"We are still in the hunger fight of our lives. We are still seeing unprecedented levels of food insecurity in our community," Second Harvest CEO Allison O'Toole said. "It's far too soon to celebrate a victory in COVID-era hunger."
Throughout the pandemic, hunger relief organizations have retooled — shifting from allowing residents to shop for groceries inside food shelves or dine en masse to instead distribute food pre-boxed or in to-go containers.
After George Floyd's death, the civil unrest that destroyed some grocery stores sent nonprofits scrambling to get food to residents. The dual crises spurred many community groups to band together for the first time to distribute food to neighborhoods in informal pop-ups. Sophia Lenarz-Coy, executive director of the Food Group in New Hope, said the pop-ups uncovered Minnesotans who may not feel comfortable seeking help from formal social service institutions.
This year, the Food Group has nearly doubled the amount of food it's distributed to about 150 organizations, 40 more than last year.
"For me, there are just still a lot of question marks about what this winter will look like," Lenarz-Coy said. "The peak need can lag a bit … It's simply not realistic for all of those food shelves to double again. There's not enough private philanthropy to fuel that long-term."
The Food Group also shifted focus this year to buy more local products such as walleye and wild rice, especially from farmers of color. The food bank is wrapping up 2020 with nearly four times as much food from Minnesota producers as in 2019.
"All of a sudden, 2020 … accelerated innovation in a really fast way for us," Lenarz-Coy said.
Second Harvest also led Minnesota Central Kitchen, putting more than 100 restaurant workers back to work preparing 1 million meals for people at schools, soup kitchens and homeless encampments.
"We're working together in ways we haven't before," O'Toole said.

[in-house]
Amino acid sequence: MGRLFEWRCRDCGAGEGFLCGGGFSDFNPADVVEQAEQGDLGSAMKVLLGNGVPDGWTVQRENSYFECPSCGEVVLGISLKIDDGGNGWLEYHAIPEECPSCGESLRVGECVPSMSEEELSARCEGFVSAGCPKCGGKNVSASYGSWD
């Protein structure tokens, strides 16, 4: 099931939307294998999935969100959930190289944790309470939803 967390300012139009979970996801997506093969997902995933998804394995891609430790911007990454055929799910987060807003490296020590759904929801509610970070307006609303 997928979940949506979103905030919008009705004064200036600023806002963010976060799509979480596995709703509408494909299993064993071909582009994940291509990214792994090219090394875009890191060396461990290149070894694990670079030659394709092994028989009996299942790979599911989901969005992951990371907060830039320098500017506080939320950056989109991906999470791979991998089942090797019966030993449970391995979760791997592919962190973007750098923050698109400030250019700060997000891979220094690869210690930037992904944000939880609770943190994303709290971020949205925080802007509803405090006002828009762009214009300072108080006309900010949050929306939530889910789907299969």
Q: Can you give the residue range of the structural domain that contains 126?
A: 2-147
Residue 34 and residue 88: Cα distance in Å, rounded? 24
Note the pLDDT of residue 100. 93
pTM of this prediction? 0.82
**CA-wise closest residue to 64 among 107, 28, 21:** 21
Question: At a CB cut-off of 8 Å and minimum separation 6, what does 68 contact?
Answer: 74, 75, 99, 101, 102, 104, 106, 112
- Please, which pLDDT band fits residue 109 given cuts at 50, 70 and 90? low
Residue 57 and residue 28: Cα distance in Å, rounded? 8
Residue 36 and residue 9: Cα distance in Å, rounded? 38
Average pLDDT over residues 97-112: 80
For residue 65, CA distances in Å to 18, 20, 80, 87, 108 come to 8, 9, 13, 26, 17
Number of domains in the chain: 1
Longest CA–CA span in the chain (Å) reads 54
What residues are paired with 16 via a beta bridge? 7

O'Toole said the food shelves Second Harvest serves in Minnesota and Wisconsin have seen a 60% increase in new visitors. In Mankato, while the ECHO Food Shelf has actually seen a decline in the number of people seeking help, many more are first-time visitors, said manager Deisy De Leon Esqueda.
In Bemidji, the community food shelf has also seen a dip in the number of visitors, but that could be because the nonprofit lost 70% of its volunteers and cut a day the food shelf is open.
"Many more could use our services and should," said Executive Director Mary Mitchell, adding that she expects numbers to rise.
Loaves & Fishes, the Minneapolis-based free meal program, serves rural sites from Barnum to Backus and executive director Cathy Maes said the number of to-go meals is doubling or tripling at sites both outstate and in the metro. She added that nearly 300 cars showed up in Marshall for a Thanksgiving meal. The nonprofit is on pace to end the year dishing out 4 million meals, triple the number of 2019. But it's just the start, Maes said.
"We are at the base of a mountain," she said. "And now I think we are going to be climbing and serving more people."
Staff writer Jessie Van Berkel contributed to this report.
HOW TO GET HELP
• To find housing, mental health help and other human services information, call United Way's 2-1-1 line (available 24/7)
HOW TO HELP
• Donate to your local food shelf or food bank by finding one at hungersolutions.org.